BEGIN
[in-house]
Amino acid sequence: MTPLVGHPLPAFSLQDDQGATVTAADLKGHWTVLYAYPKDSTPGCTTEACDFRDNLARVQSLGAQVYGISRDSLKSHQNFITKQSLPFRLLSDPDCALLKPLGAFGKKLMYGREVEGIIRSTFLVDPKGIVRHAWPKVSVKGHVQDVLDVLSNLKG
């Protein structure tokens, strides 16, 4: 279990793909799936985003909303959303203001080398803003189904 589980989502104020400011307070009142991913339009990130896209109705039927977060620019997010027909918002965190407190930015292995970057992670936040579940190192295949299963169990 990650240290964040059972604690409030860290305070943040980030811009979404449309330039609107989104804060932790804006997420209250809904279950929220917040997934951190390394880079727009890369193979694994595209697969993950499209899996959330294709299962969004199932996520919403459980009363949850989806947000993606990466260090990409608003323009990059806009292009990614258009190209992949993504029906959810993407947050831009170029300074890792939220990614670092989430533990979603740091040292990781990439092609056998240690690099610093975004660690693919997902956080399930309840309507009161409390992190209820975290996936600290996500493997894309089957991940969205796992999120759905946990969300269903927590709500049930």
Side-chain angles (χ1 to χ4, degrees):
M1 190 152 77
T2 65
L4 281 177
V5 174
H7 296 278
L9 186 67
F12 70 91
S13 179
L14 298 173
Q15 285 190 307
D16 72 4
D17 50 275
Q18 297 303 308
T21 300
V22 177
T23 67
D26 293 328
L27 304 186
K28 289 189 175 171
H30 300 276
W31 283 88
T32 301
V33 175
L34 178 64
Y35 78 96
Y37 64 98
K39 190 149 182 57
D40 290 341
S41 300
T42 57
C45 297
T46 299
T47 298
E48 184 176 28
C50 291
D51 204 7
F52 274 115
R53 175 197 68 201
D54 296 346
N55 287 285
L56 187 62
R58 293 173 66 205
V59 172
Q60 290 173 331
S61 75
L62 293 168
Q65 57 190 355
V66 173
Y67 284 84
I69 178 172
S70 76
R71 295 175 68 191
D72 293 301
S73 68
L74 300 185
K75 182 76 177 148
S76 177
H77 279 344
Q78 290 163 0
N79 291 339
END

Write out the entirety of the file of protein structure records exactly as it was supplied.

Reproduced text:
[in-house]
Amino acid sequence: MTPLVGHPLPAFSLQDDQGATVTAADLKGHWTVLYAYPKDSTPGCTTEACDFRDNLARVQSLGAQVYGISRDSLKSHQNFITKQSLPFRLLSDPDCALLKPLGAFGKKLMYGREVEGIIRSTFLVDPKGIVRHAWPKVSVKGHVQDVLDVLSNLKG
């Protein structure tokens, strides 16, 4: 279990793909799936985003909303959303203001080398803003189904 589980989502104020400011307070009142991913339009990130896209109705039927977060620019997010027909918002965190407190930015292995970057992670936040579940190192295949299963169990 990650240290964040059972604690409030860290305070943040980030811009979404449309330039609107989104804060932790804006997420209250809904279950929220917040997934951190390394880079727009890369193979694994595209697969993950499209899996959330294709299962969004199932996520919403459980009363949850989806947000993606990466260090990409608003323009990059806009292009990614258009190209992949993504029906959810993407947050831009170029300074890792939220990614670092989430533990979603740091040292990781990439092609056998240690690099610093975004660690693919997902956080399930309840309507009161409390992190209820975290996936600290996500493997894309089957991940969205796992999120759905946990969300269903927590709500049930």
Side-chain angles (χ1 to χ4, degrees):
M1 190 152 77
T2 65
L4 281 177
V5 174
H7 296 278
L9 186 67
F12 70 91
S13 179
L14 298 173
Q15 285 190 307
D16 72 4
D17 50 275
Q18 297 303 308
T21 300
V22 177
T23 67
D26 293 328
L27 304 186
K28 289 189 175 171
H30 300 276
W31 283 88
T32 301
V33 175
L34 178 64
Y35 78 96
Y37 64 98
K39 190 149 182 57
D40 290 341
S41 300
T42 57
C45 297
T46 299
T47 298
E48 184 176 28
C50 291
D51 204 7
F52 274 115
R53 175 197 68 201
D54 296 346
N55 287 285
L56 187 62
R58 293 173 66 205
V59 172
Q60 290 173 331
S61 75
L62 293 168
Q65 57 190 355
V66 173
Y67 284 84
I69 178 172
S70 76
R71 295 175 68 191
D72 293 301
S73 68
L74 300 185
K75 182 76 177 148
S76 177
H77 279 344
Q78 290 163 0
N79 291 339